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Kawasaki shows superhot Ninja H2 in SA

2015-02-18 09:40

GREEN MEANS ENVY: Or is that just plain naked desire for one of the most powerful motorcycles on the planet - the Kawa Ninja H2? Image: Wheels24 / Dries van der Merwe

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The supercharged Kawasaki Ninja H2 is perhaps the most anticipated bike of 2015. DRIES VAN DER WALT got up close and emotional with the only H2 currently in the country at Bike Crazy in Pretoria.

DRIES VAN DER WALT

The supercharged Kawasaki Ninja H2 is perhaps the most anticipated bike that will be launched during 2015. To whet the biking community’s appetite, the only H2 in South Africa right now is touring Kawasaki dealerships.

Wheels24 took the opportunity to see it in the metal at Bike Crazy in Pretoria.

Mechanically, the street-legal H2 doesn’t differ greatly from its ridiculously powerful track-only sibling, although Kawasaki hints at much lower power output – in the region of 150kW. This may seem disappointing but it might well be that Team Green deliberately understates the power for political reasons (much like the gentlemen’s agreement not to admit to superbike top speeds over 300km/h).

SIGN OF SOMETHING SPECIAL

Astute observers will notice a somewhat unfamiliar badge on the front fairing. It's called the ‘River Mark’, a long-time Kawasaki symbol that dates back to the 1870's - a stylised version of the Japanese character for “river”, the first character in the name Kawasaki.

The emblem was adopted by the Kawasaki Heavy Industries Group to express the company’s technology, originality and innovation. It's used sparingly so its presence on the H2 is Kawasaki’s way of saying "this is a very special machine".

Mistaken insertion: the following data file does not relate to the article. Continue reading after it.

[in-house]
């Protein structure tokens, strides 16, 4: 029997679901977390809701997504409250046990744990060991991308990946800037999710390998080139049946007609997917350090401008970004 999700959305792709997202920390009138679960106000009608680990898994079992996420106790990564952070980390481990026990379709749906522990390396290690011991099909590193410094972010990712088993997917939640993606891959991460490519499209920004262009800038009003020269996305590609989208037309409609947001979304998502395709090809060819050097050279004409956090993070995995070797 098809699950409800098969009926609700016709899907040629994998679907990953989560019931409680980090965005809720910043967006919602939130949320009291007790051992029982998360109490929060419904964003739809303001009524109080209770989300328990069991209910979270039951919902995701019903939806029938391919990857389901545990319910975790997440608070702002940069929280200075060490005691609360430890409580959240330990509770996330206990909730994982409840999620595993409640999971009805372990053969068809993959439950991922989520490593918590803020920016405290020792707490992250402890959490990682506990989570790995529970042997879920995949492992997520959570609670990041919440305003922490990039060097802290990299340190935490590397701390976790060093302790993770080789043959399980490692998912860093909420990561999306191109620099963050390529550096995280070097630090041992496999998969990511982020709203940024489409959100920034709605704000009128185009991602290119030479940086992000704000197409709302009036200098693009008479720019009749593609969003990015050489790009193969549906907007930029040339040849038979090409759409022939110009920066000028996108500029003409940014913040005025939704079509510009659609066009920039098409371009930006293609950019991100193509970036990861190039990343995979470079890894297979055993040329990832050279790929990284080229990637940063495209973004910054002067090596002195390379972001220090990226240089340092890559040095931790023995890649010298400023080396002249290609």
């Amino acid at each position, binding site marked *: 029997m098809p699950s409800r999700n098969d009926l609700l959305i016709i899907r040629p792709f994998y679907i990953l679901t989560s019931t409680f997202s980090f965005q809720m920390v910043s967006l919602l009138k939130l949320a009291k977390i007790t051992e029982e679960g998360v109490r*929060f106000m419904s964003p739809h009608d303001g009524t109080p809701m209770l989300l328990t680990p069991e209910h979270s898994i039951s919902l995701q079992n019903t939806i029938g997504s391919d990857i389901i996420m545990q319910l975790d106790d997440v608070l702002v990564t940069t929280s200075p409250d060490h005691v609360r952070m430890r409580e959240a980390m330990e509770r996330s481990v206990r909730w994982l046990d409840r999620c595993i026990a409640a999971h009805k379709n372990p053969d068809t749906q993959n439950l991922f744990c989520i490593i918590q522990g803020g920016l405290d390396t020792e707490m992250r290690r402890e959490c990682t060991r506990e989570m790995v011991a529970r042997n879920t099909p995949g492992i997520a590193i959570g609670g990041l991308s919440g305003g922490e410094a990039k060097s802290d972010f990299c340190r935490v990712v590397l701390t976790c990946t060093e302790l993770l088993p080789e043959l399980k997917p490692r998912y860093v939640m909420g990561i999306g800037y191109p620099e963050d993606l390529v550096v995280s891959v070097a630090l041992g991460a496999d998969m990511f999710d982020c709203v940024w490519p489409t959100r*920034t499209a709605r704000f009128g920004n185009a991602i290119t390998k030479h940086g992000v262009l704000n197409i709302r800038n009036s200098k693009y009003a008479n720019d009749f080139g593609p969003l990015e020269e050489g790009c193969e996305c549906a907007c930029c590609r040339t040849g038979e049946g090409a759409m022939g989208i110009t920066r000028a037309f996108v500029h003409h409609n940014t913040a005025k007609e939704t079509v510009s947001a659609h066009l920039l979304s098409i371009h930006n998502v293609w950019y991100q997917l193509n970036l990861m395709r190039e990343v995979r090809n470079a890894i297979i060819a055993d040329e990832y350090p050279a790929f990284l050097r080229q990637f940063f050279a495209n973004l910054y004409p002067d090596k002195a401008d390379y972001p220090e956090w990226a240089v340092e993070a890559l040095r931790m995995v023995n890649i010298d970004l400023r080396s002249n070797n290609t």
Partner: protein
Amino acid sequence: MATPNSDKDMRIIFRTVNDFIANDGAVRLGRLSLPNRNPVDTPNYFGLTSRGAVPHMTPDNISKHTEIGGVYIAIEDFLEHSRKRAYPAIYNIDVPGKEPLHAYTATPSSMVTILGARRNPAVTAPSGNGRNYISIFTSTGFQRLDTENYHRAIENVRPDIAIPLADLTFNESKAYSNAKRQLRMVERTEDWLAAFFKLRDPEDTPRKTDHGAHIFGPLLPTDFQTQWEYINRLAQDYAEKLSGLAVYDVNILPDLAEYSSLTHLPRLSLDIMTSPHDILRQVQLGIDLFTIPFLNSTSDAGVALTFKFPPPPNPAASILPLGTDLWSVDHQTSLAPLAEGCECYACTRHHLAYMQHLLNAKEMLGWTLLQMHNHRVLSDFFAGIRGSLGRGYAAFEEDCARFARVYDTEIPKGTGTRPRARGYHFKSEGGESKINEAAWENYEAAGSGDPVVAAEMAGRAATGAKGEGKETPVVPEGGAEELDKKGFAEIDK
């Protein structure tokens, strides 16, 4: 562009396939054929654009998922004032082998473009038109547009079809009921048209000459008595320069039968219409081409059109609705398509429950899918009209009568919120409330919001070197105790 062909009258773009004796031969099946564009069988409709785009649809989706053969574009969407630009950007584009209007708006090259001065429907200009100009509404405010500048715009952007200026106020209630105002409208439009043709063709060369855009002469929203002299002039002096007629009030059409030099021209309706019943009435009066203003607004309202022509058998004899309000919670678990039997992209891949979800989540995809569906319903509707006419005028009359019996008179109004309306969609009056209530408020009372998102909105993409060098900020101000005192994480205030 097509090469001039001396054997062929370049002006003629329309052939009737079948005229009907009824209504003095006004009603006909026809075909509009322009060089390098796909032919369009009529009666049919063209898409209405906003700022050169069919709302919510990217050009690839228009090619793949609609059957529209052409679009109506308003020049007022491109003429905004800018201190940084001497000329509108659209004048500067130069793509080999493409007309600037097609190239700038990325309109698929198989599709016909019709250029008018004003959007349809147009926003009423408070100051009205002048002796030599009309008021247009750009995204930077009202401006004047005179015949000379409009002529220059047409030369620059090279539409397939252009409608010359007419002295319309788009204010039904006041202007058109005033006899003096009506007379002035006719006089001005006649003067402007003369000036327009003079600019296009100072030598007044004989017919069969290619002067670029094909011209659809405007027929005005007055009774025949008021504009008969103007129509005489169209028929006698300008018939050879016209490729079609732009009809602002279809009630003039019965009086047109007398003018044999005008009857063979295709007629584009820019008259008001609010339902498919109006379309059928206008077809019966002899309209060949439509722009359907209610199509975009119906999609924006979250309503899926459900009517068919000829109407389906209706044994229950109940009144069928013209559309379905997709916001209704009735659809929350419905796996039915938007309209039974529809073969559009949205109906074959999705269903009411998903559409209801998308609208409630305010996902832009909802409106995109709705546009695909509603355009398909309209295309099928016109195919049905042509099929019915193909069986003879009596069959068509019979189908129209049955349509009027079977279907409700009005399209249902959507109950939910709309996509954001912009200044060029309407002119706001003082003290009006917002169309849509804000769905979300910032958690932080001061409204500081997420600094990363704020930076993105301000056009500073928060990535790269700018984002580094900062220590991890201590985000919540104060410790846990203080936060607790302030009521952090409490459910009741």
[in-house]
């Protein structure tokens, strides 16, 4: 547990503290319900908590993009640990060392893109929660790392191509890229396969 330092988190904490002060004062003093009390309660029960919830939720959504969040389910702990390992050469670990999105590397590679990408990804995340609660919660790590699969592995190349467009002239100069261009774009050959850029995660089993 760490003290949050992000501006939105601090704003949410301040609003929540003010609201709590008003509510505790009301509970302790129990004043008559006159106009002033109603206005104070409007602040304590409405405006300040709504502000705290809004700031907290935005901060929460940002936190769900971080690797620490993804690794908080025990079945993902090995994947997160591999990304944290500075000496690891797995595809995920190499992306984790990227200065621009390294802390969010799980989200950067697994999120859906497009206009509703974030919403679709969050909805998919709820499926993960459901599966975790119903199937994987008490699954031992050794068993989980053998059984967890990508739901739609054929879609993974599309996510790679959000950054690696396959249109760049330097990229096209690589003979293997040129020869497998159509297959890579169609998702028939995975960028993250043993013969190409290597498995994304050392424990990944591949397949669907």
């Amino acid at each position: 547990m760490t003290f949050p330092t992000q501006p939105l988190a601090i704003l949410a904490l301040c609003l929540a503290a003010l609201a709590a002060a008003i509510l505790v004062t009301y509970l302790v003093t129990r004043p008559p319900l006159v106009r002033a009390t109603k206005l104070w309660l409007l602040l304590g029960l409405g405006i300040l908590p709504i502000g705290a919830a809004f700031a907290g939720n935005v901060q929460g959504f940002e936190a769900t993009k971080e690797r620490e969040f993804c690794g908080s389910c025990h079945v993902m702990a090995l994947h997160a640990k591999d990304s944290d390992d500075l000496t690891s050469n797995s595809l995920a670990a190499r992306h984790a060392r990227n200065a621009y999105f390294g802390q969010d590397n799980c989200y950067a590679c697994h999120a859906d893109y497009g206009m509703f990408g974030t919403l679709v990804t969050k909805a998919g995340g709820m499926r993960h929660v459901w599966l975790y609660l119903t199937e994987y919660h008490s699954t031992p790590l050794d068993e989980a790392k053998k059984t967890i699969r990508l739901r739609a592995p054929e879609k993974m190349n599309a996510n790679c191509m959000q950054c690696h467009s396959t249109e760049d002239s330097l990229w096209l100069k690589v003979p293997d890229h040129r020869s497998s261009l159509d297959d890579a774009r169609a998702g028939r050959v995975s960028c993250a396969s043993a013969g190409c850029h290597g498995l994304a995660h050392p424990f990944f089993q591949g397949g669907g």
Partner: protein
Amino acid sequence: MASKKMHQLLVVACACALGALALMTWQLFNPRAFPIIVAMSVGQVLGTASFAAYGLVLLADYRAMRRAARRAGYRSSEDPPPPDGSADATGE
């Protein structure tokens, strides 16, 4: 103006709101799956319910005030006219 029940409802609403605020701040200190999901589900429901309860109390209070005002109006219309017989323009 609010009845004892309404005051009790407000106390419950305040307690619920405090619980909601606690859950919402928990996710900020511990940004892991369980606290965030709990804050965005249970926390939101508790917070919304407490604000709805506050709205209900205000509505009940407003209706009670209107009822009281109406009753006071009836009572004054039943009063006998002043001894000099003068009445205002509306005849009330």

GALLERY: 2015 Kawasaki Ninja H2

Although the H2’s styling is hardly ground-breaking, it is a good-looking machine. I particularly liked the front-end treatment which gives the bike a somewhat menacing look. Beyond that, and the equally purposeful-looking tail, there is little to hint at what lies beneath the surface – although Kawasaki has been helpful enough to label the supercharger so that one won’t miss it.

One of the more obvious visual difference between the H2 and the H2R is the huge (street-legal) right-hand silencer on the former instead of the sleek and underslung sport exhaust on the track version.

The H2’s trellis frame is made of high-tensile steel tubing with a single-sided aluminum swingarm that bolts directly to the rear of the engine. The hydraulic clutch  has slipper functionality  to limit rear-wheel lock on  downshifting instability. Engine braking is rider-adjustable and the bike features a standard quick-shifter.

Braking comes with the compliments of  Brembo – monobloc callipers and dual 330mm semi-floating discs in front and a single 250mm disc and two-piston caliper rear. The H2 shares the track version’s five-spoked cast-aluminium rims but comes with street tyres instead of slicks.

HIGH-TECH TRACTION CONTROL

An Ohlins steering damper helps with front wheel stability with the damping changed electronically based on input from the H2’s rear-wheel speed sensor.

Other electronics include KTRC (Kawasaki Traction Control), developed from similar systems on other Kawasaki’ sport bikes. The traction control offers three standard modes: Mode 1 (track), Mode 2 (street) and Mode 3 (wet) and each has three selectable levels of intervention.

The bike also offers a separate rain mode which defaults to Mode 3 but restricts engine power to less than 50% and delivers a less urgent throttle response. Unsurprisingly, the bike comes equipped with launch control to prevent wheelies and reduce wheel spin when launching.  

South Africa will only get 70 H2 units more than half are pre-sold despite the R320 000 price.

You can expect to see the remaining ones in Kawasaki showrooms from May 2015. Only time will tell whether the H2 will prove to be the big daddy of all superbikes or an over-hyped, neutered might-have-been but rest assured, we've already asked KMSA to book one for a road test.

As soon as we can lay our hands on it we'll share our impressions with you.

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Read more on:    dries van der walt  |  pretoria

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